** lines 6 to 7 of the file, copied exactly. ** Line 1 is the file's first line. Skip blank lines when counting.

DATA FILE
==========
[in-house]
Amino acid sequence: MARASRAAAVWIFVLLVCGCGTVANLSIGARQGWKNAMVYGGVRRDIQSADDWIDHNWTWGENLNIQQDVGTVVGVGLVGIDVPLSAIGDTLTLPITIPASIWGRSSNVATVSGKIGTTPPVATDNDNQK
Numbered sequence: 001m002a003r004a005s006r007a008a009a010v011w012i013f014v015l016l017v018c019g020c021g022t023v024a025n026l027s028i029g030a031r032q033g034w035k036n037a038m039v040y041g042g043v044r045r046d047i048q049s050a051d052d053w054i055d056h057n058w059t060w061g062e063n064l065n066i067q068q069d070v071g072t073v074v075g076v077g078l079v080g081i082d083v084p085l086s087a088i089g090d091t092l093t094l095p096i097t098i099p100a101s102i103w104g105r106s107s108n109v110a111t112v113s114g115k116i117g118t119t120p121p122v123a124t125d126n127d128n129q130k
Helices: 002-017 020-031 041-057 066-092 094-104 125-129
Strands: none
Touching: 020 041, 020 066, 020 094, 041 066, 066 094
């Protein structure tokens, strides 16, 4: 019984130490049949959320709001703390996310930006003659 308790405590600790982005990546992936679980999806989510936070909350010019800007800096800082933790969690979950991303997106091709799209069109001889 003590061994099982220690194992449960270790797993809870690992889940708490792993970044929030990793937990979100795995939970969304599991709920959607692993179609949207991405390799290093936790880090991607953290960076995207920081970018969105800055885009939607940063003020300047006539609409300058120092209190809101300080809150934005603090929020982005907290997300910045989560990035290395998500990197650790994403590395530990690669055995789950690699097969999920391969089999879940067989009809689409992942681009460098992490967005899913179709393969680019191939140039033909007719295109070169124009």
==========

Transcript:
Touching: 020 041, 020 066, 020 094, 041 066, 066 094
């Protein structure tokens, strides 16, 4: 019984130490049949959320709001703390996310930006003659 308790405590600790982005990546992936679980999806989510936070909350010019800007800096800082933790969690979950991303997106091709799209069109001889 003590061994099982220690194992449960270790797993809870690992889940708490792993970044929030990793937990979100795995939970969304599991709920959607692993179609949207991405390799290093936790880090991607953290960076995207920081970018969105800055885009939607940063003020300047006539609409300058120092209190809101300080809150934005603090929020982005907290997300910045989560990035290395998500990197650790994403590395530990690669055995789950690699097969999920391969089999879940067989009809689409992942681009460098992490967005899913179709393969680019191939140039033909007719295109070169124009």